Home   Knowledge  Taiwan  Taiwan Taxation  Introduction to Taiwan Personal Income Tax 



Introduction to Taiwan Personal Income Tax

【Font:L M S

Introduction to Taiwan Personal Income Tax

1. Overview

Individuals are only subject to income tax on Taiwan source income with income derived from foreign sources being exempt from income tax. Residents, both Taiwanese and foreign nationals, pay tax on net consolidated income calculated as the total income received from all Taiwan sources less exemptions and deductions. Non residents who stay in Taiwan not over 90 days within a calendar year are taxed on their gross income under the withholding tax system without allowance for deductions and exemptions.

For the non resident staying in Taiwan over 90 days but less than 183 days within a calendar year has no other Taiwan source incomes, but salaries from local employers, he/she is basically not required to file the income tax return if the 18% tax on the local salaries is withheld. In practice, however, a non resident may prefer to file annual tax return voluntarily, without allowance for deductions and exemptions, in order to keep a clean tax record in Taiwan.

Residence is determined on the basis of whether a person is domiciled in Taiwan and lives in Taiwan on a regular basis. An individual will also be considered to reside in Taiwan where although not domiciled in Taiwan they reside in Taiwan for 183 days or longer within a calendar tax year.

2. Taxable Income

The types of compensation deemed to be taxable income include:

  • Cost of living allowance;
  • Expatriation premium;
  • Relocation allowance;
  • Education for dependent children; and
  • Life insurance premiums exceeding $NT2,000 per month paid by the employer on the employee’s behalf.

3. Tax Exempt Income

Tax Exempt Income includes:

  • Taxes paid by the employer on the employee’s behalf (but these are not deductible to the employer);
  • Housing provided by the employer may be tax-exempt;
  • Meals allowance of up to $NT1,800 per month;
  • Overtime pay for up to 46 hours per month; and
  • Travel expense to allow an expatriate employee to return to the home country.

4. Deductions and Exemption

A taxpayer may select either the "Standard Deduction" or "Itemized Deductions" and may, in addition thereto, declare "Special Deductions".

Standard Deduction: For 2011, NT$ 76,000 for a single taxpayer, NT$ 152,000 for a taxpayer and his (her) spouse.

Itemized Deductions, subject to certain limitations, include:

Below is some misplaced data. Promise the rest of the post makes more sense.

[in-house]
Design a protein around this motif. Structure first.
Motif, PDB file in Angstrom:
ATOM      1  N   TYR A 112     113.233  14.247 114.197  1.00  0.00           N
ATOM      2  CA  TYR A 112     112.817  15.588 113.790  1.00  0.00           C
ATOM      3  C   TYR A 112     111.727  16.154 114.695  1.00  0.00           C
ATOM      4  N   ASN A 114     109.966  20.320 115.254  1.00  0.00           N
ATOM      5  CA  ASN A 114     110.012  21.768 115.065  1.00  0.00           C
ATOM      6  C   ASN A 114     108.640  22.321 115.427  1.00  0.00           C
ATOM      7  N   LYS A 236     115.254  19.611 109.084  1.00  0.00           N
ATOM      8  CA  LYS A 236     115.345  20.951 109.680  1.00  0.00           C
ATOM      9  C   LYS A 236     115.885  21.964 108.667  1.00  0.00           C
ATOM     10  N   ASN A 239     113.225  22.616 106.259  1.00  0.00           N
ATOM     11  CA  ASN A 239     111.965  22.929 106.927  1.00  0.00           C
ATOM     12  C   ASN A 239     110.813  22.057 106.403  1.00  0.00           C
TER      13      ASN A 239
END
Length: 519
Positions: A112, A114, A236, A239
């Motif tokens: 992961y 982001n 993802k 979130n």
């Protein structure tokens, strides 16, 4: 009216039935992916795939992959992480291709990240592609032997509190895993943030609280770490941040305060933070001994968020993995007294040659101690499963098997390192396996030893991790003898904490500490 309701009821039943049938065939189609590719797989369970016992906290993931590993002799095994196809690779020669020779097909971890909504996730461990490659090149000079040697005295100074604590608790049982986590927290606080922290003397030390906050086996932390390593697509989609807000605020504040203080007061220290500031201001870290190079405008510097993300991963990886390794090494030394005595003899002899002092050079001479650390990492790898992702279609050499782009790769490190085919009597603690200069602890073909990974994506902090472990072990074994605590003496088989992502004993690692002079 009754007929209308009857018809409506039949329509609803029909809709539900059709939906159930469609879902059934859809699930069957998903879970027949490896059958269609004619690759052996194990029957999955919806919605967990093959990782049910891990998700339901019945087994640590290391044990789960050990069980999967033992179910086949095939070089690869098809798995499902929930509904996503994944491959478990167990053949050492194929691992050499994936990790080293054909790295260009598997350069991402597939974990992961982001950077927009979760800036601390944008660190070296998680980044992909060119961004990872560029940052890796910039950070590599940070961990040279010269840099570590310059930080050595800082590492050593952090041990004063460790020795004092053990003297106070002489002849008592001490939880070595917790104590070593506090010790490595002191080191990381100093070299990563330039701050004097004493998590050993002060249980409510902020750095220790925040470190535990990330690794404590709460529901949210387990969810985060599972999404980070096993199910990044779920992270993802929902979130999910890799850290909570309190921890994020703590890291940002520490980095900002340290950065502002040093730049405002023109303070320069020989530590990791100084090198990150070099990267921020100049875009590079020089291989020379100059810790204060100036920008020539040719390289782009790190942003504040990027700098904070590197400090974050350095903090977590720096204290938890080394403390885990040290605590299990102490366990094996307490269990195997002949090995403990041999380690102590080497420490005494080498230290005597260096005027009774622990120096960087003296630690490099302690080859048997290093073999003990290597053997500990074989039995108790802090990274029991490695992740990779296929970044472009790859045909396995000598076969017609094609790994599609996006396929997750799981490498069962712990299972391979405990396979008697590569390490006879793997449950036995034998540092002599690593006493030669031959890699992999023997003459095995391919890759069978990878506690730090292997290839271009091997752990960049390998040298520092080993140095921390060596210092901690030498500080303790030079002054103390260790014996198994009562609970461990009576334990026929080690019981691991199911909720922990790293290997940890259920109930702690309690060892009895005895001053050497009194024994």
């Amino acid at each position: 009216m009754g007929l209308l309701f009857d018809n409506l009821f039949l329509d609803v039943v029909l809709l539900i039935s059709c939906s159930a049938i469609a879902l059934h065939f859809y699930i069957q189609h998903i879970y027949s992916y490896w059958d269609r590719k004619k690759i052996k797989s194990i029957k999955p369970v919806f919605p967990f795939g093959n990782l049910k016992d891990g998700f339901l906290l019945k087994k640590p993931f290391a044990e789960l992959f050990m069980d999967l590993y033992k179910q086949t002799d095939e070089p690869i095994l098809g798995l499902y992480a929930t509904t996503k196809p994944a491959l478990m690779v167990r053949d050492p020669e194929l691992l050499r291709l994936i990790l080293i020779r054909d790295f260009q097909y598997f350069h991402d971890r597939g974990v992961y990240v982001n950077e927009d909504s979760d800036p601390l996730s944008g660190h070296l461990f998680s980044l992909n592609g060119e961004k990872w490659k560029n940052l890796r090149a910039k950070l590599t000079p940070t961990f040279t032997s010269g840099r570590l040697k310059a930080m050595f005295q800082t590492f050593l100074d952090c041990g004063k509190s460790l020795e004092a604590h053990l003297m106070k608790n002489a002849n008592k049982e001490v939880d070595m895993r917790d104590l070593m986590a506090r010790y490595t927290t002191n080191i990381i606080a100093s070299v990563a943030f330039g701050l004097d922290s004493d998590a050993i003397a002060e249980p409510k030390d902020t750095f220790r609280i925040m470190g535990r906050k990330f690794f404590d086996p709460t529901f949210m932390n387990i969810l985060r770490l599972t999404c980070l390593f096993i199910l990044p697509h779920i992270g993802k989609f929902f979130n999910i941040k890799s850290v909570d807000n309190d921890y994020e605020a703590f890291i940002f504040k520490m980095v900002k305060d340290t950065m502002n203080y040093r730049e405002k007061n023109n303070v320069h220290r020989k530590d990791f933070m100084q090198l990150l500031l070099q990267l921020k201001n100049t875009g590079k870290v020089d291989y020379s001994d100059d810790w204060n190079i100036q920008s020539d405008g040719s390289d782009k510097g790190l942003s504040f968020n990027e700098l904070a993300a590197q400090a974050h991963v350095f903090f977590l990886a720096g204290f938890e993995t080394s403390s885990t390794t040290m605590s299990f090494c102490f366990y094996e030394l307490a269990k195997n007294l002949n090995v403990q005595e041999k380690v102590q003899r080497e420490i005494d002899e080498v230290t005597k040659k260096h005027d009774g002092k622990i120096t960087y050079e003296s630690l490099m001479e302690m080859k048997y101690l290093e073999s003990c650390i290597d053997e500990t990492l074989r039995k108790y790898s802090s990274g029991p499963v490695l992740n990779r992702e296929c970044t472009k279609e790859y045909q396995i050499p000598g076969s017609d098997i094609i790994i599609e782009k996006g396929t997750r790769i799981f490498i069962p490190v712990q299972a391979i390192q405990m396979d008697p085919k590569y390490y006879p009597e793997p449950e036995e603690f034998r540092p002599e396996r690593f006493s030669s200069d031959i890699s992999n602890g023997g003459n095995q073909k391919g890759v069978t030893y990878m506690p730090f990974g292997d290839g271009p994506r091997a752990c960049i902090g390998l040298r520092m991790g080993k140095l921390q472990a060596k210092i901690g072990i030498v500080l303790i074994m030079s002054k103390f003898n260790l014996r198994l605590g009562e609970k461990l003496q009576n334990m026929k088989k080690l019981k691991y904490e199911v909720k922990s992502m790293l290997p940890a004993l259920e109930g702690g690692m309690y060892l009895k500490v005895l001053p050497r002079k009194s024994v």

• Charitable contributions;
  • Insurance premiums up to NT$24,000 per insured person for life or labor insurance. However, there is no limit to the amount of the premium paid for national health insurance.
  • Medical and childbirth expenses;
  • Disaster losses incurred due to force majeure, if not otherwise covered by insurance;
  • Mortgage interest incurred on self-use residential dwelling up to NT$300,000 per income tax return per year; and
  • Rent for housing up to NT$120,000 per income tax return per year. However, no deduction shall be made for taxpayers who have filed the aforesaid mortgage interest on the same tax return.

Special Deductions, subject to certain limitations, include:

  • Losses from disposal of properties other than land and securities, not to exceed total gains from disposal of properties in the same taxable year;
  • Salary or wage earnerís special deduction up to NT$104,000 per salary or wage earner in 2011;
  • Interest income exclusion up to NT$270,000 per income tax return in 2011;
  • Deduction for the disabled up to NT$104,000 per disabled person in 2011; and
  • Deduction for higher education of children up to NT$25,000 per person.

For 2011, the personal exemption for taxpayer, his (her) spouse and each dependants is NT$82,000.

5. Tax Rate

The new tax brackets and rates of resident individual income tax for 2011 are as follows:

Net Taxable Income
Rates on Excess

Non resident aliens staying in Taiwan for less than 183 days within a calendar year are taxed at withholding rate on gross income.

6. Alternative Minimum Tax

The Income Basic Tax (IBT) Act is effective from 2006. (Please refer to section of profit-seeking enterprise income tax.) According to the Act, deducted non-cash donation and some income exempted from income tax (e.g. capital gain derived from non-listed stocks, insurance payment received by the beneficiary of a life insurance policy or annuity in which the beneficiary and the proposer are not the same person, the amount of market value in excess of the par value of stock dividend acquired by employees,??) shall be included in the basic income of the individual and subject to IBT. Individualís income derived from sources outside Taiwan is taxable from 2010.

7. Foreign Individual Income Tax

Foreign individuals who are employed and assigned to work in Taiwan are liable for income tax as follows table:

Taxpayer's status Taxable income Tax rate Filing required
Non-resident stays for ess than 90 days in the tax year Remuneration received in Taiwan for services rendered in Taiwan 18% No (tax already withheld)
Non-resident stays for 90 days or more but ess than 183 days in the tax year Remuneration received for services rendered in Taiwan wherever received 18% Yes (filing as a non-resident)
Resident stays for 183 days or more in the tax year Remuneration for services rendered in Taiwan wherever received, net of exemption and deductions Varied Yes (filing as a resident)

8. Individual Income Tax Filing

Between May 1 and May 31, a taxpayer must file an income tax return for the preceding year.

If you wish to obtain more information or assistance, please visit the official website of Kaizen CPA Limited at www.kaizencpa.com or contact us through the following and talk to our professionals:

Email: info@kaizencpa.com
Tel: +852 2341 1444
Mobile : +852 5616 4140, +86 152 1943 4614
WhatsApp/ Line/ Wechat: +852 5616 4140
Skype: kaizencpa